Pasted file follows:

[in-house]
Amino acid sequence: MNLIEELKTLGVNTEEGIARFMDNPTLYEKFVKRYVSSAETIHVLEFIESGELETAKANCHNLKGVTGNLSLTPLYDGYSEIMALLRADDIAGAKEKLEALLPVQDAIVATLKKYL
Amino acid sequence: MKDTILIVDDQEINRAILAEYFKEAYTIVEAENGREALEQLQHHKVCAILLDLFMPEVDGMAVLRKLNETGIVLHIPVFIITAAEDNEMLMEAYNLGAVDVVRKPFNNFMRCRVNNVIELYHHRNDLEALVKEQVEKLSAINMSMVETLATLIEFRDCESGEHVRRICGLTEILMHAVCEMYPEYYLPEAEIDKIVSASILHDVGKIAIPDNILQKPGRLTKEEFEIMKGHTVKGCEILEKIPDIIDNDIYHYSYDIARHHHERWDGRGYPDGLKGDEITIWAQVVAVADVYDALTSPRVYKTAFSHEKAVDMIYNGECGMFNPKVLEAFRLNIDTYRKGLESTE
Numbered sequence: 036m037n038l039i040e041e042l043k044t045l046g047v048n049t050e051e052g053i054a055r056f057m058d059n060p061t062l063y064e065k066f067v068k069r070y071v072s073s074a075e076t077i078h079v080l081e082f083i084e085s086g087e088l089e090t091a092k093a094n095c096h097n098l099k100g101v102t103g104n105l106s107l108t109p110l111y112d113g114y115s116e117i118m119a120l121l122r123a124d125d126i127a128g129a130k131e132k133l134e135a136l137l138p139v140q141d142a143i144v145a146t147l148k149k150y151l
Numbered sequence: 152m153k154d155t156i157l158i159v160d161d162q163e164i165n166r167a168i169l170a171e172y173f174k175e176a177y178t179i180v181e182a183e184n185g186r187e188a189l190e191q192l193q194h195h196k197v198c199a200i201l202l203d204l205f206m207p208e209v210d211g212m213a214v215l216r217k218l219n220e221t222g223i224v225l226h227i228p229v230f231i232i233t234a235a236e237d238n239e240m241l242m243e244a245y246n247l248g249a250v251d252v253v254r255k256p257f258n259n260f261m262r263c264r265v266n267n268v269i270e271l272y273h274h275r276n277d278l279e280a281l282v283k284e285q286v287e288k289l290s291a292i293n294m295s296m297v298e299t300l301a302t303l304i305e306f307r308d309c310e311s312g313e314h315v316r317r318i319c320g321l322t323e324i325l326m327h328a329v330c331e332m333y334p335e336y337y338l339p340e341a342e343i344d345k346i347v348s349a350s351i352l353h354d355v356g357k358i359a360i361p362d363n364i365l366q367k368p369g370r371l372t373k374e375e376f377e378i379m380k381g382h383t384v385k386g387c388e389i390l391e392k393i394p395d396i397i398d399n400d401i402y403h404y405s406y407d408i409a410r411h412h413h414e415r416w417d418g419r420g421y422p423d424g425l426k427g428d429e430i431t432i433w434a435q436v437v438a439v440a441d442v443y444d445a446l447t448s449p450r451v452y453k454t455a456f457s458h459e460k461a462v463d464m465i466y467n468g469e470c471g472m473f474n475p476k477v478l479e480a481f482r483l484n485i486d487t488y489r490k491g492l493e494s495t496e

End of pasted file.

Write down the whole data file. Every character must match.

[in-house]
Amino acid sequence: MNLIEELKTLGVNTEEGIARFMDNPTLYEKFVKRYVSSAETIHVLEFIESGELETAKANCHNLKGVTGNLSLTPLYDGYSEIMALLRADDIAGAKEKLEALLPVQDAIVATLKKYL
Amino acid sequence: MKDTILIVDDQEINRAILAEYFKEAYTIVEAENGREALEQLQHHKVCAILLDLFMPEVDGMAVLRKLNETGIVLHIPVFIITAAEDNEMLMEAYNLGAVDVVRKPFNNFMRCRVNNVIELYHHRNDLEALVKEQVEKLSAINMSMVETLATLIEFRDCESGEHVRRICGLTEILMHAVCEMYPEYYLPEAEIDKIVSASILHDVGKIAIPDNILQKPGRLTKEEFEIMKGHTVKGCEILEKIPDIIDNDIYHYSYDIARHHHERWDGRGYPDGLKGDEITIWAQVVAVADVYDALTSPRVYKTAFSHEKAVDMIYNGECGMFNPKVLEAFRLNIDTYRKGLESTE
Numbered sequence: 036m037n038l039i040e041e042l043k044t045l046g047v048n049t050e051e052g053i054a055r056f057m058d059n060p061t062l063y064e065k066f067v068k069r070y071v072s073s074a075e076t077i078h079v080l081e082f083i084e085s086g087e088l089e090t091a092k093a094n095c096h097n098l099k100g101v102t103g104n105l106s107l108t109p110l111y112d113g114y115s116e117i118m119a120l121l122r123a124d125d126i127a128g129a130k131e132k133l134e135a136l137l138p139v140q141d142a143i144v145a146t147l148k149k150y151l
Numbered sequence: 152m153k154d155t156i157l158i159v160d161d162q163e164i165n166r167a168i169l170a171e172y173f174k175e176a177y178t179i180v181e182a183e184n185g186r187e188a189l190e191q192l193q194h195h196k197v198c199a200i201l202l203d204l205f206m207p208e209v210d211g212m213a214v215l216r217k218l219n220e221t222g223i224v225l226h227i228p229v230f231i232i233t234a235a236e237d238n239e240m241l242m243e244a245y246n247l248g249a250v251d252v253v254r255k256p257f258n259n260f261m262r263c264r265v266n267n268v269i270e271l272y273h274h275r276n277d278l279e280a281l282v283k284e285q286v287e288k289l290s291a292i293n294m295s296m297v298e299t300l301a302t303l304i305e306f307r308d309c310e311s312g313e314h315v316r317r318i319c320g321l322t323e324i325l326m327h328a329v330c331e332m333y334p335e336y337y338l339p340e341a342e343i344d345k346i347v348s349a350s351i352l353h354d355v356g357k358i359a360i361p362d363n364i365l366q367k368p369g370r371l372t373k374e375e376f377e378i379m380k381g382h383t384v385k386g387c388e389i390l391e392k393i394p395d396i397i398d399n400d401i402y403h404y405s406y407d408i409a410r411h412h413h414e415r416w417d418g419r420g421y422p423d424g425l426k427g428d429e430i431t432i433w434a435q436v437v438a439v440a441d442v443y444d445a446l447t448s449p450r451v452y453k454t455a456f457s458h459e460k461a462v463d464m465i466y467n468g469e470c471g472m473f474n475p476k477v478l479e480a481f482r483l484n485i486d487t488y489r490k491g492l493e494s495t496e